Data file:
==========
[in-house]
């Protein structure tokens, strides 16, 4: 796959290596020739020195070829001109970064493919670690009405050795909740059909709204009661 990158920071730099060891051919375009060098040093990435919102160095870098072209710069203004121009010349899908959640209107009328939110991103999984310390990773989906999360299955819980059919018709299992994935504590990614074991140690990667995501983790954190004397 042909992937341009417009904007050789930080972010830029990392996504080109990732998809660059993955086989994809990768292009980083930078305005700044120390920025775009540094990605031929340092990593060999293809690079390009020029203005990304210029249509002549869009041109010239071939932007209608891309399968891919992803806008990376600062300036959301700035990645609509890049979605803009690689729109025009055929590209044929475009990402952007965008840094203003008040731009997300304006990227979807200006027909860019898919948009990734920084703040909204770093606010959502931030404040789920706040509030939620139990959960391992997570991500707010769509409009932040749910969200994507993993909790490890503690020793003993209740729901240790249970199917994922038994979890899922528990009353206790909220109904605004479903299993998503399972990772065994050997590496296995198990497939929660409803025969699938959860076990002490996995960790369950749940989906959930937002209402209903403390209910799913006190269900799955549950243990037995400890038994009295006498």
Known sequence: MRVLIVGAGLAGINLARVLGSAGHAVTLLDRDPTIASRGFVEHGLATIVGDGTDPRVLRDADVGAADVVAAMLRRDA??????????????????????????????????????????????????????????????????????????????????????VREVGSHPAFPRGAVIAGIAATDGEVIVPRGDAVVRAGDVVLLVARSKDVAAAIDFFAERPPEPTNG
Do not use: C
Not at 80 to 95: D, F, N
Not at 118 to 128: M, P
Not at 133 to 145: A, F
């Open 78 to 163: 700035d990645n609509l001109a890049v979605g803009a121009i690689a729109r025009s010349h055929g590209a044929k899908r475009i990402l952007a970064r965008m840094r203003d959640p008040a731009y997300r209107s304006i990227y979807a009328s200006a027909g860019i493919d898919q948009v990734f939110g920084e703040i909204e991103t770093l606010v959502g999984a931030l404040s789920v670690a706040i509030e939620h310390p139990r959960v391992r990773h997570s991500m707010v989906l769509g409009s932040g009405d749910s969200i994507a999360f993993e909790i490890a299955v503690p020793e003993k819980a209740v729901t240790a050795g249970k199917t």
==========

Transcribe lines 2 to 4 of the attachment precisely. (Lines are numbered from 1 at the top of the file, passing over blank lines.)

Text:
């Protein structure tokens, strides 16, 4: 796959290596020739020195070829001109970064493919670690009405050795909740059909709204009661 990158920071730099060891051919375009060098040093990435919102160095870098072209710069203004121009010349899908959640209107009328939110991103999984310390990773989906999360299955819980059919018709299992994935504590990614074991140690990667995501983790954190004397 042909992937341009417009904007050789930080972010830029990392996504080109990732998809660059993955086989994809990768292009980083930078305005700044120390920025775009540094990605031929340092990593060999293809690079390009020029203005990304210029249509002549869009041109010239071939932007209608891309399968891919992803806008990376600062300036959301700035990645609509890049979605803009690689729109025009055929590209044929475009990402952007965008840094203003008040731009997300304006990227979807200006027909860019898919948009990734920084703040909204770093606010959502931030404040789920706040509030939620139990959960391992997570991500707010769509409009932040749910969200994507993993909790490890503690020793003993209740729901240790249970199917994922038994979890899922528990009353206790909220109904605004479903299993998503399972990772065994050997590496296995198990497939929660409803025969699938959860076990002490996995960790369950749940989906959930937002209402209903403390209910799913006190269900799955549950243990037995400890038994009295006498």
Known sequence: MRVLIVGAGLAGINLARVLGSAGHAVTLLDRDPTIASRGFVEHGLATIVGDGTDPRVLRDADVGAADVVAAMLRRDA??????????????????????????????????????????????????????????????????????????????????????VREVGSHPAFPRGAVIAGIAATDGEVIVPRGDAVVRAGDVVLLVARSKDVAAAIDFFAERPPEPTNG
Do not use: C